As artists and organizations across the city cancel classes, performances, and shows, Fort Wayne is feeling the impact of the COVID-19 pandemic in new ways.
“A lot of us are realizing how much the arts are actually an important part of our daily lives when they’re not happening,” says Rachelle Reinking, Communications Manager for Arts United. Rachelle Reinking
But while the influx of cancellations and postponements might have you feeling a creative void in the city, the arts are still here, Reinking says; you just might have to experience them in new ways.
That’s the idea behind Arts United’s new awareness campaign #artstartshere
. Artists, arts organizations, and creators of all skill levels in the city are encouraged to use the hashtag when they post their work on social media. They can even update their Facebook profile pictures with a designated #artstartshere frame. It’s all about increasing visibility of creative culture in the new, socially distant world of the COVID-19 pandemic.
And the power of visibility for creatives is greater than you might realize, says Anna Tragesser, Artist and Community Services Manager for the Indiana Arts Commission (IAC)
A Fort Wayne expatriate, Tragesser says that after Indianapolis, Northeast Indiana is the second community statewide that’s boosting awareness for its arts culture during COVID-19.
Soon after the pandemic began, the Arts Council of Indianapolis
launched a similar #indykeepscreating
campaign to keep the momentum going there.
"Our doors may be closed, but our hearts are open," its website says
Carmen Warner Dillon's family makes chalk art come to life.
As a state organization, the IAC works with 12 community-based arts partners across Indiana to distribute grant dollars and support creative culture. (Arts United is one of these partners.) These days, the IAC is working with more than 400 grantees to get funds to artists as quickly as possible.
As the pandemic progresses and new resources become available, it's also sharing best practices to support creatives during COVID-19.
While being persistent in applying for federal relief grants is the best option for artists’ financial stability right now, Tragesser says, awareness campaigns like #artstartshere play an important role in supporting their emotional and creative stability, too.
“It’s about remembering that we did not lose the arts sector in this pandemic, but we do have to find new ways to interact with it,” she explains.
Alicia Pyle, local musician, plays from home.
During the slump in business and personal interaction, artists may find themselves questioning the value of their work.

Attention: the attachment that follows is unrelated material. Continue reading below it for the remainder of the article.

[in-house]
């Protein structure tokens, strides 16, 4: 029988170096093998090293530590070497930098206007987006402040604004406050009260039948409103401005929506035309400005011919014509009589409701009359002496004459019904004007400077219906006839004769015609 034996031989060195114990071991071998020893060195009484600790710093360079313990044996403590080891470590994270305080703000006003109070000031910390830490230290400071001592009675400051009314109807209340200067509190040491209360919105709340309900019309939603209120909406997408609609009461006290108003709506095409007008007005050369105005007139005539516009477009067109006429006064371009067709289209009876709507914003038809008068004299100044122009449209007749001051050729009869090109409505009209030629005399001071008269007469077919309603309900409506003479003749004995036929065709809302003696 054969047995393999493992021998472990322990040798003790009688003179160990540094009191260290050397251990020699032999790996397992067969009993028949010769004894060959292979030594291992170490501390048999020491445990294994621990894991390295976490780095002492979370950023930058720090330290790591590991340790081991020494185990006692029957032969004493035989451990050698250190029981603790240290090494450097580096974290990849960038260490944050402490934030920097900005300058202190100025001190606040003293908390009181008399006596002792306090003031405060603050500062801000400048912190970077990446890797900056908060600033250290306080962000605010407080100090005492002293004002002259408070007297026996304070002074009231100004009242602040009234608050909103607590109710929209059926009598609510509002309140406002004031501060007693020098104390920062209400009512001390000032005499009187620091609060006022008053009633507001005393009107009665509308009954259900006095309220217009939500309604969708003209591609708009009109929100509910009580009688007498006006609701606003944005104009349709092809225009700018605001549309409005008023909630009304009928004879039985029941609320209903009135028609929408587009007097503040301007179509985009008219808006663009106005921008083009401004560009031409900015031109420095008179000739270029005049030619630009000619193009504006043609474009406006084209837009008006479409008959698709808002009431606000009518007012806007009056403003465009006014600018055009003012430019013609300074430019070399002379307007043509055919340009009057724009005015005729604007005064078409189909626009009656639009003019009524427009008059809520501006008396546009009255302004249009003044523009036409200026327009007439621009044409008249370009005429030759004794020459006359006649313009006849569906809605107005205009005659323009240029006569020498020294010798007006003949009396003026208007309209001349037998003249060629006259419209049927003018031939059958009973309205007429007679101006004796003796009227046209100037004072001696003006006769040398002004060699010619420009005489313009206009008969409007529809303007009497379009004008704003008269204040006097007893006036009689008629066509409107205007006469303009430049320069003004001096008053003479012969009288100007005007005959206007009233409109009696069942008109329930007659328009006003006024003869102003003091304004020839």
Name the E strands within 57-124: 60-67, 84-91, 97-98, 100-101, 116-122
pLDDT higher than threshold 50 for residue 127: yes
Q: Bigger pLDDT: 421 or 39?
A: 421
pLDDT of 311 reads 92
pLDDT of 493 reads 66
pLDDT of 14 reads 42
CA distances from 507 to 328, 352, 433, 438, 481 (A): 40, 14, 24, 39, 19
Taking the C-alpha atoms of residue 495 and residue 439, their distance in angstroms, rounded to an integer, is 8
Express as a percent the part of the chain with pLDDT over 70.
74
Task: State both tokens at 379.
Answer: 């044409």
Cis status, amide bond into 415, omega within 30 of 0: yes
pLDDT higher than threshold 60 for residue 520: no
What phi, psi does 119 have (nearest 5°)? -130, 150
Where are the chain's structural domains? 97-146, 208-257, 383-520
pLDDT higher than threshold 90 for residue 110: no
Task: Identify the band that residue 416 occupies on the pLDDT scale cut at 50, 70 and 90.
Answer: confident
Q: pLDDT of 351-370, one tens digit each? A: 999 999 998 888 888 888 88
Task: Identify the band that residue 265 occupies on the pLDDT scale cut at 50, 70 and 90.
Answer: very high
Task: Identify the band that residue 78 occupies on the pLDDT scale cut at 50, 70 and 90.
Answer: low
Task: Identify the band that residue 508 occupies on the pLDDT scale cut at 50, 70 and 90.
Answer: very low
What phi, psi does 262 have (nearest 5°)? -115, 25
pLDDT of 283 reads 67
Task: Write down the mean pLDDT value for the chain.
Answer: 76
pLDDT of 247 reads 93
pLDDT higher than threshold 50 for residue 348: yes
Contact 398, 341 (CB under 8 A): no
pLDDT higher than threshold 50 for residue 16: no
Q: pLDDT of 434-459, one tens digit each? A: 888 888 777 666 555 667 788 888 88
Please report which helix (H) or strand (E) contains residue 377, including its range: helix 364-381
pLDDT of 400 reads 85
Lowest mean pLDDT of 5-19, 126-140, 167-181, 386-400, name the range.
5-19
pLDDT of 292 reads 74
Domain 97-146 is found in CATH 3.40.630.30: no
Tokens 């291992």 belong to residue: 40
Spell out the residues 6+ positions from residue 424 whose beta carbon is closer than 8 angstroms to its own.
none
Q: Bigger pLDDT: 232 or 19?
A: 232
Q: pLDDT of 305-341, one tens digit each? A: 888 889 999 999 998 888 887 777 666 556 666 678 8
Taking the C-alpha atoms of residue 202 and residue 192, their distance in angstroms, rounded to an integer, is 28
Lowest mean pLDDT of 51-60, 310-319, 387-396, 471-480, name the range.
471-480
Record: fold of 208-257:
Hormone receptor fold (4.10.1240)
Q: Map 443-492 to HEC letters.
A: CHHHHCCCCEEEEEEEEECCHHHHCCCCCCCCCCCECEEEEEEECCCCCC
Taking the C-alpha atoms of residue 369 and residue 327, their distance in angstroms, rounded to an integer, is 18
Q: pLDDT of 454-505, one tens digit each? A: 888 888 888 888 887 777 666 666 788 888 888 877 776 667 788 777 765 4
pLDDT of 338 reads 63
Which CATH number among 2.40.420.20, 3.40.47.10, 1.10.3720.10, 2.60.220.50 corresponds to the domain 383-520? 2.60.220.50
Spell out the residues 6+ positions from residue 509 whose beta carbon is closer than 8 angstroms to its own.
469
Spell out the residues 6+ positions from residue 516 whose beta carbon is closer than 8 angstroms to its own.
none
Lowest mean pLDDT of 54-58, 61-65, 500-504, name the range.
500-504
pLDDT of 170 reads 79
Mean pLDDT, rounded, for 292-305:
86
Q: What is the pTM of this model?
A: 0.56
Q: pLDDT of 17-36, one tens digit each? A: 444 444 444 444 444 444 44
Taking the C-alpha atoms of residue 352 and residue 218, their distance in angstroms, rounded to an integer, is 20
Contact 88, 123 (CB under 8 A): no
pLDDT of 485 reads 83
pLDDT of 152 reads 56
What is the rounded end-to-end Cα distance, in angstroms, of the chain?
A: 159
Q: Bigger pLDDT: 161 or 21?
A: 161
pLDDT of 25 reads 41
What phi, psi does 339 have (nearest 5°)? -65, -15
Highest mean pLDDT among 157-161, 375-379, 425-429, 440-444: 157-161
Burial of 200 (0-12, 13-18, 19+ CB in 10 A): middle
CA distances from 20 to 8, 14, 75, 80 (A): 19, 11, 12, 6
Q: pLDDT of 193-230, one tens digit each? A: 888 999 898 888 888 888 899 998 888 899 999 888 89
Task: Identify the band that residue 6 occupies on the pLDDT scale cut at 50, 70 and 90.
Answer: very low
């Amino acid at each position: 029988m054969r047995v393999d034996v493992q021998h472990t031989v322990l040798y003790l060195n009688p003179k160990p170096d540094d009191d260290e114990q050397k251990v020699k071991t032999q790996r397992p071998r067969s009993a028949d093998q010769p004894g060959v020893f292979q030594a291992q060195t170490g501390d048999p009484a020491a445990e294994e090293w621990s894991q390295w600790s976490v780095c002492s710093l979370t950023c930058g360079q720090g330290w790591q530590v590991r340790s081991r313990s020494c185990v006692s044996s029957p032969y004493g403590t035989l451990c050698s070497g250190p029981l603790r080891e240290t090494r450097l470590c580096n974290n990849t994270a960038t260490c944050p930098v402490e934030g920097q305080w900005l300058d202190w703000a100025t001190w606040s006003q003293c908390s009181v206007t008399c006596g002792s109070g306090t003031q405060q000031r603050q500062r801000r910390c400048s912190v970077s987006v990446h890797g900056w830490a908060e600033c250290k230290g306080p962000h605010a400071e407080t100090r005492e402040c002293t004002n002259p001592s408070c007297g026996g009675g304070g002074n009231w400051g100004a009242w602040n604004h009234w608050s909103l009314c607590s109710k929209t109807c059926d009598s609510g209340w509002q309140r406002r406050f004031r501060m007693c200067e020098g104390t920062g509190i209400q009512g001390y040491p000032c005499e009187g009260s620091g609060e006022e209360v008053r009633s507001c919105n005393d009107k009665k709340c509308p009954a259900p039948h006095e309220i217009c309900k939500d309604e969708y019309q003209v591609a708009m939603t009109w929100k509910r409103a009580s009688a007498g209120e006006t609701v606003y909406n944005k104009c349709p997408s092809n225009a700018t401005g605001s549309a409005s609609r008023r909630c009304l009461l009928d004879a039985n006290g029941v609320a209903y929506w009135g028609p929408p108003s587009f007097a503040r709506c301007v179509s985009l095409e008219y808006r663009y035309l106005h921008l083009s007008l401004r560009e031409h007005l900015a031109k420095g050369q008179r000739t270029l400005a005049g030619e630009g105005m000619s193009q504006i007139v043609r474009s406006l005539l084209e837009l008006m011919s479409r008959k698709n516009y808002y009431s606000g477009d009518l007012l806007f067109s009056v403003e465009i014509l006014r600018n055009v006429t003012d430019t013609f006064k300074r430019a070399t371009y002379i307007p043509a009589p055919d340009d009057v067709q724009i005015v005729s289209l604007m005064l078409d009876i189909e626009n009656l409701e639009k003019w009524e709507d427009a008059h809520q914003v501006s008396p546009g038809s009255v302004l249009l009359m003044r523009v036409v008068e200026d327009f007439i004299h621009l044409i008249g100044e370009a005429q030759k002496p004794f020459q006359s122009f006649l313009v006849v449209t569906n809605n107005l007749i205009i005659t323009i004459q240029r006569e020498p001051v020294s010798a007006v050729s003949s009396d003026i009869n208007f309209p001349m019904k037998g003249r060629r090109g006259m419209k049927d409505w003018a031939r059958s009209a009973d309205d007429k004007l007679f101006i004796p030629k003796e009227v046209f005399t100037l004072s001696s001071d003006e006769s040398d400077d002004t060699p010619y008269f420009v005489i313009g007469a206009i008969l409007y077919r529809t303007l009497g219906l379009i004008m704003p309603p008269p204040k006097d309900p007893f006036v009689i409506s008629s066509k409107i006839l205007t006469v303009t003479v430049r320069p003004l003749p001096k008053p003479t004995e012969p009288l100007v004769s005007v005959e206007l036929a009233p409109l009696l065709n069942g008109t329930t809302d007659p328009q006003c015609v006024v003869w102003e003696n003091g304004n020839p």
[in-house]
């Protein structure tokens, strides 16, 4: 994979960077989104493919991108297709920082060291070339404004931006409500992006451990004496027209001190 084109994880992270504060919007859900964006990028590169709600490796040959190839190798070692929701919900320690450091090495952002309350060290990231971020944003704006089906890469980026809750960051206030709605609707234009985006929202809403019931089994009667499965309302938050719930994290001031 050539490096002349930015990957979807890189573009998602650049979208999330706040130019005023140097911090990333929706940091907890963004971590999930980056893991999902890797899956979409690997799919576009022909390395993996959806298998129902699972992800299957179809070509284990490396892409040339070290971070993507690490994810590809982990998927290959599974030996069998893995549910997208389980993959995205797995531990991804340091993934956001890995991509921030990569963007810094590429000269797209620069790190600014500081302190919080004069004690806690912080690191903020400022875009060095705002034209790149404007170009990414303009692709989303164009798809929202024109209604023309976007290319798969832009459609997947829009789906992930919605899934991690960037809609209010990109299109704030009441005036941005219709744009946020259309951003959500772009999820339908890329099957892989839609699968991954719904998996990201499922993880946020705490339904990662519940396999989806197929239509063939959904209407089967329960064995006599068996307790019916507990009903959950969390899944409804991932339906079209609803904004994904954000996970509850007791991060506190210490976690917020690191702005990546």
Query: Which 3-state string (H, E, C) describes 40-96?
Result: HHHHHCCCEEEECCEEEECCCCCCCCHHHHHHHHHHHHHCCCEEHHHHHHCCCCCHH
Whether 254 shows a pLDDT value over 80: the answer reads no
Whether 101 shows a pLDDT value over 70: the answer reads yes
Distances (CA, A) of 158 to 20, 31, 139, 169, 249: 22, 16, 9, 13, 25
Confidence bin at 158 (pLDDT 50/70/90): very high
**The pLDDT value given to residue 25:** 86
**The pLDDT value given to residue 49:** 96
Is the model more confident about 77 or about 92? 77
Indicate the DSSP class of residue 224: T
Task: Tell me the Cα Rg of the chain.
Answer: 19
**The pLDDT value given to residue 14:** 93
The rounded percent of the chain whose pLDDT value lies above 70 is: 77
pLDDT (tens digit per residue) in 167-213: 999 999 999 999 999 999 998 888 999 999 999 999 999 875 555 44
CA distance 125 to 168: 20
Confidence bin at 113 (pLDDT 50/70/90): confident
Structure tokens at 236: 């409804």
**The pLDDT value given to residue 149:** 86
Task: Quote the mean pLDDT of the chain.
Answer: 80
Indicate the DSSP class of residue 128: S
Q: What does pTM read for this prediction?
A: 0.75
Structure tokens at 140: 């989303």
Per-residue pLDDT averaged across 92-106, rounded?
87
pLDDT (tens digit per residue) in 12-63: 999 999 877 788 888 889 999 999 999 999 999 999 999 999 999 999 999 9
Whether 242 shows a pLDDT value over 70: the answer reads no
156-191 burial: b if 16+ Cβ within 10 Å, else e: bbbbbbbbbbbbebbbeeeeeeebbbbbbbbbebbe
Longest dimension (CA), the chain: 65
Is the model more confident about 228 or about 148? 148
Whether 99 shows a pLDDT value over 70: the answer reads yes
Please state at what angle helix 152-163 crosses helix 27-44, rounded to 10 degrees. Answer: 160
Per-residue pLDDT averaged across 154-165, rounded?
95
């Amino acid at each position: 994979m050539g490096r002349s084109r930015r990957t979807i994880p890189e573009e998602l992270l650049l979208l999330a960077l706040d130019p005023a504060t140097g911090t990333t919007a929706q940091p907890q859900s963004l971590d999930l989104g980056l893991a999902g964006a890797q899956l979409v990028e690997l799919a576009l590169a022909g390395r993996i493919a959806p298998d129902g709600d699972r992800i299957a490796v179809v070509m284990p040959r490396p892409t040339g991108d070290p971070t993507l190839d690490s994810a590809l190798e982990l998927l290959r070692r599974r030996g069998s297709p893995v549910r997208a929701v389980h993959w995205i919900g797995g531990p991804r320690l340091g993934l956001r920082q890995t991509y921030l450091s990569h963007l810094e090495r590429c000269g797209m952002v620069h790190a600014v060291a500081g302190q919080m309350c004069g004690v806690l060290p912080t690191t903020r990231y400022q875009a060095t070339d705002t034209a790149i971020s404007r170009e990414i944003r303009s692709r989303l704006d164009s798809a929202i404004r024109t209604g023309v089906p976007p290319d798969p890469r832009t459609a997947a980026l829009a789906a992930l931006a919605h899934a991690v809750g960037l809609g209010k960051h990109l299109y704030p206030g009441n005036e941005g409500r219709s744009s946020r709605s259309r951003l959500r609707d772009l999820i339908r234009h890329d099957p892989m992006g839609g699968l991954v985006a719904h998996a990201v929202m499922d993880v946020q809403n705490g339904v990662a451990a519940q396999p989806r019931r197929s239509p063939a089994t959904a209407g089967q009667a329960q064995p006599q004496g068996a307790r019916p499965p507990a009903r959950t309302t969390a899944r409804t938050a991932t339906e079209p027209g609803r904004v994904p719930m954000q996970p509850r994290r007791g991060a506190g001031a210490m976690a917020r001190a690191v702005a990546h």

“A of creatives might be feeling: If I’m not supported during this pandemic, does my art even matter to the people around me?” Tragesser says.
A visibility campaign can let artists know that their work does, in fact, matter--perhaps now more than ever.
In addition to rallying support for the arts, Arts United and the IAC are also encouraging artists to use the pandemic as an opportunity to diversify their skillsets.
As shows, performances, and art fairs continue to cancel for the next few months, many artists can no longer rely on their typical sources of income, like ticket sales and crowd-drawing events. Depending on how the pandemic plays out, they might have to rethink their strategies for the longterm, too.
Reinking says that while most Fort Wayne arts organizations have been able to cancel or postpone events for the rest of the 2019-2020 season without crippling financial damage, it’s the ongoing implications for the 2020-2021 season that has them concerned.
“There might be a hesitancy to gather in large groups for these events, so that will mean arts organizations are going to need to find different ways of bringing in revenue,” she says. Corey Lee, Fort Wayne Civic Theatre Lighting Designer and Technical Director, gets creative with his son Caleb and lighting gels.
Across Fort Wayne, organizations like Youtheatre
have been offering classes and demonstrations online, adapting their models for the web and reaching out to ticket holders and supporters in new ways. The Fort Wayne Ballet cut together footage from its dress rehearsals for A Midsummer Night’s Dream
and is now offering tickets to view the performance online in “A Night at the Ballet (at home!)”
Other individual artists and musicians are making stickers or coloring book pages and hosting livestream concerts to keep creating. Some are even generating funds for others out of work.
Having a resilient practice with multiple revenue streams is important for creatives, regardless of pandemic conditions, Tragesser notes. She and her team at the IAC will be offering special coaching sessions to help artists adapt and rethink the opportunities they have.
“We’ll be coaching a lot of creatives in webinars and upcoming tools to help normalize this concept of a portfolio career, and let them know there are still options for you to earn income on your creative work in different ways at different times,” she says.
If artists are feeling too drained by the emotional and financial strain of the pandemic, having alternative ways to earn money for the time being might help them prevent negative emotions from tainting their art, too.
It’s all about adopting an abundance mindset and realizing that while traditional outlets might not be available right now, there are still opportunities for those who think creatively.
“One of the things we have been saying and continue to say is that: Artists are their own best resource,” Tragesser says. “There are universes inside their heads, and they’re innately talented at tapping into new realities. This is a great time to rely on that and believe their own creative vision.”
Tune in for a webinar with the IAC
The Indiana Arts Commission offers multiple resources for creatives during COVID-19, including a Persevering: The Arts and COVID-19 Webinar Series.
Visit their website for details.